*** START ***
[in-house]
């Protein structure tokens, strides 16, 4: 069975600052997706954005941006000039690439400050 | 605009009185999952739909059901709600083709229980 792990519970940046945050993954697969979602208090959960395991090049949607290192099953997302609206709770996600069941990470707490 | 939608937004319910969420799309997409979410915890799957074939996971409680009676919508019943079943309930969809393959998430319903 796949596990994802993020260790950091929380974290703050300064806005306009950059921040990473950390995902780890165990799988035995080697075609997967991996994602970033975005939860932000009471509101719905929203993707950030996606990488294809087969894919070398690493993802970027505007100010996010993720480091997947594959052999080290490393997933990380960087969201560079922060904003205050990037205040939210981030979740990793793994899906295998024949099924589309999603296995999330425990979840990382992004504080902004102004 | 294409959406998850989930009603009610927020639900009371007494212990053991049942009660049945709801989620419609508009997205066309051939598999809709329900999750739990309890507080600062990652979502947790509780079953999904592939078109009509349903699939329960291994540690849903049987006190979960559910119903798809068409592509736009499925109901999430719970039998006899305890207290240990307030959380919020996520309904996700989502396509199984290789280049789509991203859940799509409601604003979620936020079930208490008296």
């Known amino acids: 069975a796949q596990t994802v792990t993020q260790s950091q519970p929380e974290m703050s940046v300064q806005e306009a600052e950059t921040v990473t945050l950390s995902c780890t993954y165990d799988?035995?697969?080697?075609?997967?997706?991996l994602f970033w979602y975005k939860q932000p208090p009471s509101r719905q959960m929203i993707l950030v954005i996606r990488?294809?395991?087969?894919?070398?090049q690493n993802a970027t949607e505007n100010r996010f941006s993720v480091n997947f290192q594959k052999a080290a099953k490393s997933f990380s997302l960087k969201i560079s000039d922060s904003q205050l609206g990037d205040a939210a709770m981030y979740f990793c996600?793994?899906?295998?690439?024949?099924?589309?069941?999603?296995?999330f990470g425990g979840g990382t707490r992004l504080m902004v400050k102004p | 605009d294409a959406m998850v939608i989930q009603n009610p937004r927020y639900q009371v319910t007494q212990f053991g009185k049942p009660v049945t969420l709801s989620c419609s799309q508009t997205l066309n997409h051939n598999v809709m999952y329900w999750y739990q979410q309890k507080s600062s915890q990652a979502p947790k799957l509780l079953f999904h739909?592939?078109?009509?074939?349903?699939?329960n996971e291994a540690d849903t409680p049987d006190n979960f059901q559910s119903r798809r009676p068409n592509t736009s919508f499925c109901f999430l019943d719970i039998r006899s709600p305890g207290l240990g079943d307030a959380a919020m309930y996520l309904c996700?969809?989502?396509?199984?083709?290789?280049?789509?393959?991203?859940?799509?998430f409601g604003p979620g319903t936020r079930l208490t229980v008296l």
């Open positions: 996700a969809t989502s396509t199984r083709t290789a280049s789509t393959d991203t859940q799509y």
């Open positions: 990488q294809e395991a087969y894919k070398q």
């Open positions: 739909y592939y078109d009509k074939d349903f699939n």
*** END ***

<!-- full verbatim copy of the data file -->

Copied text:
[in-house]
């Protein structure tokens, strides 16, 4: 069975600052997706954005941006000039690439400050 | 605009009185999952739909059901709600083709229980 792990519970940046945050993954697969979602208090959960395991090049949607290192099953997302609206709770996600069941990470707490 | 939608937004319910969420799309997409979410915890799957074939996971409680009676919508019943079943309930969809393959998430319903 796949596990994802993020260790950091929380974290703050300064806005306009950059921040990473950390995902780890165990799988035995080697075609997967991996994602970033975005939860932000009471509101719905929203993707950030996606990488294809087969894919070398690493993802970027505007100010996010993720480091997947594959052999080290490393997933990380960087969201560079922060904003205050990037205040939210981030979740990793793994899906295998024949099924589309999603296995999330425990979840990382992004504080902004102004 | 294409959406998850989930009603009610927020639900009371007494212990053991049942009660049945709801989620419609508009997205066309051939598999809709329900999750739990309890507080600062990652979502947790509780079953999904592939078109009509349903699939329960291994540690849903049987006190979960559910119903798809068409592509736009499925109901999430719970039998006899305890207290240990307030959380919020996520309904996700989502396509199984290789280049789509991203859940799509409601604003979620936020079930208490008296």
């Known amino acids: 069975a796949q596990t994802v792990t993020q260790s950091q519970p929380e974290m703050s940046v300064q806005e306009a600052e950059t921040v990473t945050l950390s995902c780890t993954y165990d799988?035995?697969?080697?075609?997967?997706?991996l994602f970033w979602y975005k939860q932000p208090p009471s509101r719905q959960m929203i993707l950030v954005i996606r990488?294809?395991?087969?894919?070398?090049q690493n993802a970027t949607e505007n100010r996010f941006s993720v480091n997947f290192q594959k052999a080290a099953k490393s997933f990380s997302l960087k969201i560079s000039d922060s904003q205050l609206g990037d205040a939210a709770m981030y979740f990793c996600?793994?899906?295998?690439?024949?099924?589309?069941?999603?296995?999330f990470g425990g979840g990382t707490r992004l504080m902004v400050k102004p | 605009d294409a959406m998850v939608i989930q009603n009610p937004r927020y639900q009371v319910t007494q212990f053991g009185k049942p009660v049945t969420l709801s989620c419609s799309q508009t997205l066309n997409h051939n598999v809709m999952y329900w999750y739990q979410q309890k507080s600062s915890q990652a979502p947790k799957l509780l079953f999904h739909?592939?078109?009509?074939?349903?699939?329960n996971e291994a540690d849903t409680p049987d006190n979960f059901q559910s119903r798809r009676p068409n592509t736009s919508f499925c109901f999430l019943d719970i039998r006899s709600p305890g207290l240990g079943d307030a959380a919020m309930y996520l309904c996700?969809?989502?396509?199984?083709?290789?280049?789509?393959?991203?859940?799509?998430f409601g604003p979620g319903t936020r079930l208490t229980v008296l």
């Open positions: 996700a969809t989502s396509t199984r083709t290789a280049s789509t393959d991203t859940q799509y």
């Open positions: 990488q294809e395991a087969y894919k070398q």
């Open positions: 739909y592939y078109d009509k074939d349903f699939n």